Dismiss Notice
Join Physics Forums Today!
The friendliest, high quality science and math community on the planet! Everyone who loves science is here!

Expectation value of a hermitian operator prepared in an eigenstate

  1. Nov 5, 2013 #1
    Hey guys,

    So this question is sort of a fundamental one but I'm a bit confused for some reason. Basically, say I have a Hermitian operator [itex]\hat{A}[/itex]. If I have a system that is prepared in an eigenstate of [itex]\hat{A}[/itex], that basically means that [itex]\hat{A}\psi = \lambda \psi[/itex], where [itex]\lambda[/itex] is real, right? So can I say the following, because the system is prepared in an eigenstate of [itex]\hat{A}[/itex]

    The reason I'm asking is because [itex]\psi[/itex] is just a function of [itex]x[/itex] - in literature the normalization is always written in terms of the big psi ([itex]\Psi[/itex]), which is a function of [itex]x,t[/itex].

    Also, while im at it - by saying that it is prepared in an eigenstate of [itex]\hat{A}[/itex] does that also mean that the probability of measuring this state is equal to 1? so that the wavefunction is collapsed to this eigenstate?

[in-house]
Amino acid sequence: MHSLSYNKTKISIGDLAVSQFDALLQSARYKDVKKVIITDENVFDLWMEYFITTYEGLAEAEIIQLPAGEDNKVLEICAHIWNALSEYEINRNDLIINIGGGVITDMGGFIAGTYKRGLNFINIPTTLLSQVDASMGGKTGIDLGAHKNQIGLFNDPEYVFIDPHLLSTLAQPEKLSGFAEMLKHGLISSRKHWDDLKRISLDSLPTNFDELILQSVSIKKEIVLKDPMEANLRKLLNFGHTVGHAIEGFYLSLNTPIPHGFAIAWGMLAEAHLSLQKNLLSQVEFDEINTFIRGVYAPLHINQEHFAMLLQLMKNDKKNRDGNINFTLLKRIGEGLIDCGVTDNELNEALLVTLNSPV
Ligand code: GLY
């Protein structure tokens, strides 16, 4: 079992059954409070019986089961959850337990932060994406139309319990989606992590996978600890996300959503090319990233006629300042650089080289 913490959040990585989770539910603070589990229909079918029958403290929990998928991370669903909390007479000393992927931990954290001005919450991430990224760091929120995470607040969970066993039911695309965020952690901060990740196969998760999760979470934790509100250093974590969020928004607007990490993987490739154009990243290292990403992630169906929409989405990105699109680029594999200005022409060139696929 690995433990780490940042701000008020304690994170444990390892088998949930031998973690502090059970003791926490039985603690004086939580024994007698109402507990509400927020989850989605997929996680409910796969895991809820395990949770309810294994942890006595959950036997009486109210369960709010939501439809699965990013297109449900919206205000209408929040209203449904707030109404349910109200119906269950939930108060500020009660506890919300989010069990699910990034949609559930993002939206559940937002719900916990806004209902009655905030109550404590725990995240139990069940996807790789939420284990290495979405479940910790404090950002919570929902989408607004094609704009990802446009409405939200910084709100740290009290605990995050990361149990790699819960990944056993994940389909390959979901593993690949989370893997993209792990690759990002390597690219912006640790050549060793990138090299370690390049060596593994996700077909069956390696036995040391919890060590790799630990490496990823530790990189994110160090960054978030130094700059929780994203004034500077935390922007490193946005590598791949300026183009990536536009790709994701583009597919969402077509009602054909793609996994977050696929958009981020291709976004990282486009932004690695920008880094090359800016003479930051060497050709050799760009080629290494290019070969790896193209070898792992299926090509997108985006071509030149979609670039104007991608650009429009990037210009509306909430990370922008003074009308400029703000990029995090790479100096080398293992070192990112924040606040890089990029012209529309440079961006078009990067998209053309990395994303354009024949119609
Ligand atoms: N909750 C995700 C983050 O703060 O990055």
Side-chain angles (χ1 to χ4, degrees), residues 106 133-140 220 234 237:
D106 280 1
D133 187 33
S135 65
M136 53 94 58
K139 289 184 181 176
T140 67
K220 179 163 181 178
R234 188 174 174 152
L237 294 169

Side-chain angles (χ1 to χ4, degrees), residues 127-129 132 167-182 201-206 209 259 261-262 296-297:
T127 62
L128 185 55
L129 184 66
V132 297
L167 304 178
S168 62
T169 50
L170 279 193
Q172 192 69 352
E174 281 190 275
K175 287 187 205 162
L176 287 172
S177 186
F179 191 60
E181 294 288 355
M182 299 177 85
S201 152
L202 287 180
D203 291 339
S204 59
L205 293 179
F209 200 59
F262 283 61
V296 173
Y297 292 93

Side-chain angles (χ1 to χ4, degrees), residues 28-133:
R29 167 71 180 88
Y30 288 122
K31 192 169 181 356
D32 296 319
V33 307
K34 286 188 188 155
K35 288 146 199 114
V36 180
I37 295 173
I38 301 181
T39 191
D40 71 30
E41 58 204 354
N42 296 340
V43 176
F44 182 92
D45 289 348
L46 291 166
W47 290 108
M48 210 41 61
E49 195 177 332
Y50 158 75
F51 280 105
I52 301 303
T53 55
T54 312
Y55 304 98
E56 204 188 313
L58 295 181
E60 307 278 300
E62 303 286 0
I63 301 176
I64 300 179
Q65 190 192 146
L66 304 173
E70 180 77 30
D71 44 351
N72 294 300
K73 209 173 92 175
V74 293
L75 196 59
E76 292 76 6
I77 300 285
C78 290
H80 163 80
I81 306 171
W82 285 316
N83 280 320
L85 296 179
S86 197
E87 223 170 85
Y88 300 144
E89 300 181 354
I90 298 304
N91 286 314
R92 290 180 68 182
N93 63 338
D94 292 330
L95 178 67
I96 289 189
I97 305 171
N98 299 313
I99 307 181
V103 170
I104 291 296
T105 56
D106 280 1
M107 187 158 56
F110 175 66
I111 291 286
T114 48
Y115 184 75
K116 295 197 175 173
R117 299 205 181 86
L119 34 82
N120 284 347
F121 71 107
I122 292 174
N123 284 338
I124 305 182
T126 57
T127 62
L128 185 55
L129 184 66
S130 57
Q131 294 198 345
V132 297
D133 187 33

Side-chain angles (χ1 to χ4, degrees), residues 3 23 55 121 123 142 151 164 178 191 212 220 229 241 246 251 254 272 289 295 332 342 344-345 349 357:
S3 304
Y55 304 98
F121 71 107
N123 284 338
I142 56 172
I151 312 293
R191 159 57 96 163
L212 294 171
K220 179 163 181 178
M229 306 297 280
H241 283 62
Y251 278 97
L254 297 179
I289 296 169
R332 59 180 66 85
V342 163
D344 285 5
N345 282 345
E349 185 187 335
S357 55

2. jcsd
  3. Nov 5, 2013 #2


    User Avatar
    Science Advisor

    Yes. However, you should write something like ψλ to make clear that ψ is the eigenstate for the eigenvalue λ. Usually, there are many different eigenvalues and corresponding eigenstates.

    No. Why do you think this normalization is related to the property of ψ being an eigenstate of A?

    If your wavefunction is normalized at some time, it will remain so at subsequent times. This is guaranteed by the Schrödinger equation (we say the time evolution is"unitary").

    More precisely, the probability of getting the corresponding eigenvalue as measurement outcome is 1.
    Last edited: Nov 5, 2013
Know someone interested in this topic? Share this thread via Reddit, Google+, Twitter, or Facebook